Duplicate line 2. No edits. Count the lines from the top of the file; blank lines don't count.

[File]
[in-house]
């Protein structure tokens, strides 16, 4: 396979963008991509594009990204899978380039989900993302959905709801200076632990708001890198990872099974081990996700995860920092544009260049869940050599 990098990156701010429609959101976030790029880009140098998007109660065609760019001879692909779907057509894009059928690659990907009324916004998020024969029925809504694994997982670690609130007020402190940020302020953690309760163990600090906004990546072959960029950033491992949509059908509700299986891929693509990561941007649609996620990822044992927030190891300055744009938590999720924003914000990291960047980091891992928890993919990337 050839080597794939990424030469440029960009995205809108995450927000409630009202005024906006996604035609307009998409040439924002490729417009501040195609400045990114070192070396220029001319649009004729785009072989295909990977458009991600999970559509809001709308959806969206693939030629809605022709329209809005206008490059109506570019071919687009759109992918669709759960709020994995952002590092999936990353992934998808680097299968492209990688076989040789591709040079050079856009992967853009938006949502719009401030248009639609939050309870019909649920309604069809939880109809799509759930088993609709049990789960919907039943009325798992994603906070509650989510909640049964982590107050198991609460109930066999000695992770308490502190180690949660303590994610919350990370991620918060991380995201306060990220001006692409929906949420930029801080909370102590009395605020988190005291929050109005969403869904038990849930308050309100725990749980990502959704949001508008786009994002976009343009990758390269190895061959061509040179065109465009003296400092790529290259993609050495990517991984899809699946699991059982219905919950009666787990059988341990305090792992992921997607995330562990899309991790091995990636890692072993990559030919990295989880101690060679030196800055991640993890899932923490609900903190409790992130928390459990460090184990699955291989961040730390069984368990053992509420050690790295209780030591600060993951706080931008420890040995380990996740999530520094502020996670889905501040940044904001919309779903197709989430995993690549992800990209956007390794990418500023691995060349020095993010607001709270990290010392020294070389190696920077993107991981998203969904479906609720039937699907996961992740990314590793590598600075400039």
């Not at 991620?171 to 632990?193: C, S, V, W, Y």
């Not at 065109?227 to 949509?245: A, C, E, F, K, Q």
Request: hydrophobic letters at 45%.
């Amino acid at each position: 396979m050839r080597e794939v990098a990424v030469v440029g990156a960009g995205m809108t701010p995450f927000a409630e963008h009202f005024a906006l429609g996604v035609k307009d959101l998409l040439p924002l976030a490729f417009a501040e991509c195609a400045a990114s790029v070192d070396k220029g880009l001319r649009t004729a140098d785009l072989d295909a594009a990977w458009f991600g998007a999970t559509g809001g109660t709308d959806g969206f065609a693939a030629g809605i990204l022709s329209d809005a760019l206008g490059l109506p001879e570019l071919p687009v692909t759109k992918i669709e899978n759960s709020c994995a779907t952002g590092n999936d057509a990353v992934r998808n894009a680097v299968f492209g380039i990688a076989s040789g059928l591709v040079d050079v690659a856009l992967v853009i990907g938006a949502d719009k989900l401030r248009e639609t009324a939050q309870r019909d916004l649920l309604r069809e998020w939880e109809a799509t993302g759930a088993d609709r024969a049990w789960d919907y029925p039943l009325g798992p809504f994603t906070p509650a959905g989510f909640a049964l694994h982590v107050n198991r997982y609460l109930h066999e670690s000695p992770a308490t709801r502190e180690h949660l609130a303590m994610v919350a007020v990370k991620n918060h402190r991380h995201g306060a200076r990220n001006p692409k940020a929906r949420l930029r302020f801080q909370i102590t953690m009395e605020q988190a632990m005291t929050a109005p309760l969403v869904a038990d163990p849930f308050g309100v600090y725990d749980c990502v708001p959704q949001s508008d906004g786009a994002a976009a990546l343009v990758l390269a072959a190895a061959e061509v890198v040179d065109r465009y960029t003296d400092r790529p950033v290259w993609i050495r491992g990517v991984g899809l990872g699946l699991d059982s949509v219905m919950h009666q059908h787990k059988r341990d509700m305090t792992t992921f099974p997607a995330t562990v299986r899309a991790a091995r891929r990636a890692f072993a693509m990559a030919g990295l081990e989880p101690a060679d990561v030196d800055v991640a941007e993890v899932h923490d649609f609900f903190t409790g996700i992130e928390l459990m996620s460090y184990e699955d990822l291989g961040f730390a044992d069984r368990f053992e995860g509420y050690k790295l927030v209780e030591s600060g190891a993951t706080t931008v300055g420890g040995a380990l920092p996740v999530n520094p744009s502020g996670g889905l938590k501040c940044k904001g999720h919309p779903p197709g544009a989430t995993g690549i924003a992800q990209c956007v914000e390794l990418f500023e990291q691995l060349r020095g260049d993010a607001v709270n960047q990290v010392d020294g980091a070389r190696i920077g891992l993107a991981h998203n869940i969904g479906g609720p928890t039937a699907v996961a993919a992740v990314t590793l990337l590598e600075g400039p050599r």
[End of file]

């Protein structure tokens, strides 16, 4: 396979963008991509594009990204899978380039989900993302959905709801200076632990708001890198990872099974081990996700995860920092544009260049869940050599 990098990156701010429609959101976030790029880009140098998007109660065609760019001879692909779907057509894009059928690659990907009324916004998020024969029925809504694994997982670690609130007020402190940020302020953690309760163990600090906004990546072959960029950033491992949509059908509700299986891929693509990561941007649609996620990822044992927030190891300055744009938590999720924003914000990291960047980091891992928890993919990337 050839080597794939990424030469440029960009995205809108995450927000409630009202005024906006996604035609307009998409040439924002490729417009501040195609400045990114070192070396220029001319649009004729785009072989295909990977458009991600999970559509809001709308959806969206693939030629809605022709329209809005206008490059109506570019071919687009759109992918669709759960709020994995952002590092999936990353992934998808680097299968492209990688076989040789591709040079050079856009992967853009938006949502719009401030248009639609939050309870019909649920309604069809939880109809799509759930088993609709049990789960919907039943009325798992994603906070509650989510909640049964982590107050198991609460109930066999000695992770308490502190180690949660303590994610919350990370991620918060991380995201306060990220001006692409929906949420930029801080909370102590009395605020988190005291929050109005969403869904038990849930308050309100725990749980990502959704949001508008786009994002976009343009990758390269190895061959061509040179065109465009003296400092790529290259993609050495990517991984899809699946699991059982219905919950009666787990059988341990305090792992992921997607995330562990899309991790091995990636890692072993990559030919990295989880101690060679030196800055991640993890899932923490609900903190409790992130928390459990460090184990699955291989961040730390069984368990053992509420050690790295209780030591600060993951706080931008420890040995380990996740999530520094502020996670889905501040940044904001919309779903197709989430995993690549992800990209956007390794990418500023691995060349020095993010607001709270990290010392020294070389190696920077993107991981998203969904479906609720039937699907996961992740990314590793590598600075400039």